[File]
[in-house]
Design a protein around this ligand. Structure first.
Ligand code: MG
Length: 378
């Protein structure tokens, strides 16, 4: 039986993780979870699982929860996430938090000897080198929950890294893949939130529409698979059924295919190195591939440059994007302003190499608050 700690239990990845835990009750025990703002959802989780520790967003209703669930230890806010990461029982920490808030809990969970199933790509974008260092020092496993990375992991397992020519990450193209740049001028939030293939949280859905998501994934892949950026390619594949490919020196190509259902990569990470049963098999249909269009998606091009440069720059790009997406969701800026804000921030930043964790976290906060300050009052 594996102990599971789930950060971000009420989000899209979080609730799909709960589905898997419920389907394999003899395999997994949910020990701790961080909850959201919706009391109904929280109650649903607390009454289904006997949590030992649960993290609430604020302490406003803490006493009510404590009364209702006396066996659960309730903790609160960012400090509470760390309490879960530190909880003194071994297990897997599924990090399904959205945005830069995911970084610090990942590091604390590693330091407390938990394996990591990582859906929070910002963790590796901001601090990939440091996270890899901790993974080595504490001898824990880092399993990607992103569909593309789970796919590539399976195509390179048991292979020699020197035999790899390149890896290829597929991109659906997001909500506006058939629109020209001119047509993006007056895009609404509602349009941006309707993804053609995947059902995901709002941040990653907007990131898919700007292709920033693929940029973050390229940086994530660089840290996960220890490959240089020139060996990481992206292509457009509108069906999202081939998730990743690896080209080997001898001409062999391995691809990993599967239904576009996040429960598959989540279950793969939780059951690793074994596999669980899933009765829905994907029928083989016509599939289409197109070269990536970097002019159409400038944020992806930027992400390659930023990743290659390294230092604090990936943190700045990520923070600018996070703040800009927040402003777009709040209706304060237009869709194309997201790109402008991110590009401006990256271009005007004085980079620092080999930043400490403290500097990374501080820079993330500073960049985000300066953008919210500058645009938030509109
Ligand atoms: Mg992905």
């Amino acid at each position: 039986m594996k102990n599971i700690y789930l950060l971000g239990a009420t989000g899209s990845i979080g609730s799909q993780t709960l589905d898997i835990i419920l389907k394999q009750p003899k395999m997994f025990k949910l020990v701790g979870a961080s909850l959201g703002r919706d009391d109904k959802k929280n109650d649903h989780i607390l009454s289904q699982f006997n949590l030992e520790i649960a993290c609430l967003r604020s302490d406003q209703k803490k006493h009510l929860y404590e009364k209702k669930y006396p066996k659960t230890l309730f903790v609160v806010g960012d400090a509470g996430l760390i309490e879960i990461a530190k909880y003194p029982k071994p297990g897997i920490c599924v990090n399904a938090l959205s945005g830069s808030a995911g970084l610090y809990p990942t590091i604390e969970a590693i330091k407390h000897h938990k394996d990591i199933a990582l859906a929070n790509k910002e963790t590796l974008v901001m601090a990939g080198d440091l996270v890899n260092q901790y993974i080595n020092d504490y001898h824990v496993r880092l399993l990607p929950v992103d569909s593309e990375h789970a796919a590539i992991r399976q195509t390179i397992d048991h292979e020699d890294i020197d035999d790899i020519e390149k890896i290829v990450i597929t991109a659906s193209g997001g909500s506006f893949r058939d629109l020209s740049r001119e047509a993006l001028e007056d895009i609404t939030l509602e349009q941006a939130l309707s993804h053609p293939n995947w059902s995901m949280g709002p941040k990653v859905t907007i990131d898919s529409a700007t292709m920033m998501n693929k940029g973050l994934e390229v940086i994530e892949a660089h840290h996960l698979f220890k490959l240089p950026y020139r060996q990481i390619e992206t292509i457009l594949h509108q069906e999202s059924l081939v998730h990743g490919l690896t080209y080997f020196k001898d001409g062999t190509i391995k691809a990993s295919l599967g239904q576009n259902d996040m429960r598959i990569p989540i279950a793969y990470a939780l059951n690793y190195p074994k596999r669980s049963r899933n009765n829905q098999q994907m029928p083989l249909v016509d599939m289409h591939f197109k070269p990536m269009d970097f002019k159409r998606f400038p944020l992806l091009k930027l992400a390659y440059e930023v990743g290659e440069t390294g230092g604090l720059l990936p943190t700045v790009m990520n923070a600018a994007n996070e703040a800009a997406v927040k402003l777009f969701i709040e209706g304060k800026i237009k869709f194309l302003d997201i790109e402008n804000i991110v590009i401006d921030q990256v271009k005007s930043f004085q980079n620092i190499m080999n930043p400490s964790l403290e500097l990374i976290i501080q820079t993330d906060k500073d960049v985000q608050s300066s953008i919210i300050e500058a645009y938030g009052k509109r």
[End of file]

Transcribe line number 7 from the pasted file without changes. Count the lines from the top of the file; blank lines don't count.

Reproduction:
């Amino acid at each position: 039986m594996k102990n599971i700690y789930l950060l971000g239990a009420t989000g899209s990845i979080g609730s799909q993780t709960l589905d898997i835990i419920l389907k394999q009750p003899k395999m997994f025990k949910l020990v701790g979870a961080s909850l959201g703002r919706d009391d109904k959802k929280n109650d649903h989780i607390l009454s289904q699982f006997n949590l030992e520790i649960a993290c609430l967003r604020s302490d406003q209703k803490k006493h009510l929860y404590e009364k209702k669930y006396p066996k659960t230890l309730f903790v609160v806010g960012d400090a509470g996430l760390i309490e879960i990461a530190k909880y003194p029982k071994p297990g897997i920490c599924v990090n399904a938090l959205s945005g830069s808030a995911g970084l610090y809990p990942t590091i604390e969970a590693i330091k407390h000897h938990k394996d990591i199933a990582l859906a929070n790509k910002e963790t590796l974008v901001m601090a990939g080198d440091l996270v890899n260092q901790y993974i080595n020092d504490y001898h824990v496993r880092l399993l990607p929950v992103d569909s593309e990375h789970a796919a590539i992991r399976q195509t390179i397992d048991h292979e020699d890294i020197d035999d790899i020519e390149k890896i290829v990450i597929t991109a659906s193209g997001g909500s506006f893949r058939d629109l020209s740049r001119e047509a993006l001028e007056d895009i609404t939030l509602e349009q941006a939130l309707s993804h053609p293939n995947w059902s995901m949280g709002p941040k990653v859905t907007i990131d898919s529409a700007t292709m920033m998501n693929k940029g973050l994934e390229v940086i994530e892949a660089h840290h996960l698979f220890k490959l240089p950026y020139r060996q990481i390619e992206t292509i457009l594949h509108q069906e999202s059924l081939v998730h990743g490919l690896t080209y080997f020196k001898d001409g062999t190509i391995k691809a990993s295919l599967g239904q576009n259902d996040m429960r598959i990569p989540i279950a793969y990470a939780l059951n690793y190195p074994k596999r669980s049963r899933n009765n829905q098999q994907m029928p083989l249909v016509d599939m289409h591939f197109k070269p990536m269009d970097f002019k159409r998606f400038p944020l992806l091009k930027l992400a390659y440059e930023v990743g290659e440069t390294g230092g604090l720059l990936p943190t700045v790009m990520n923070a600018a994007n996070e703040a800009a997406v927040k402003l777009f969701i709040e209706g304060k800026i237009k869709f194309l302003d997201i790109e402008n804000i991110v590009i401006d921030q990256v271009k005007s930043f004085q980079n620092i190499m080999n930043p400490s964790l403290e500097l990374i976290i501080q820079t993330d906060k500073d960049v985000q608050s300066s953008i919210i300050e500058a645009y938030g009052k509109r």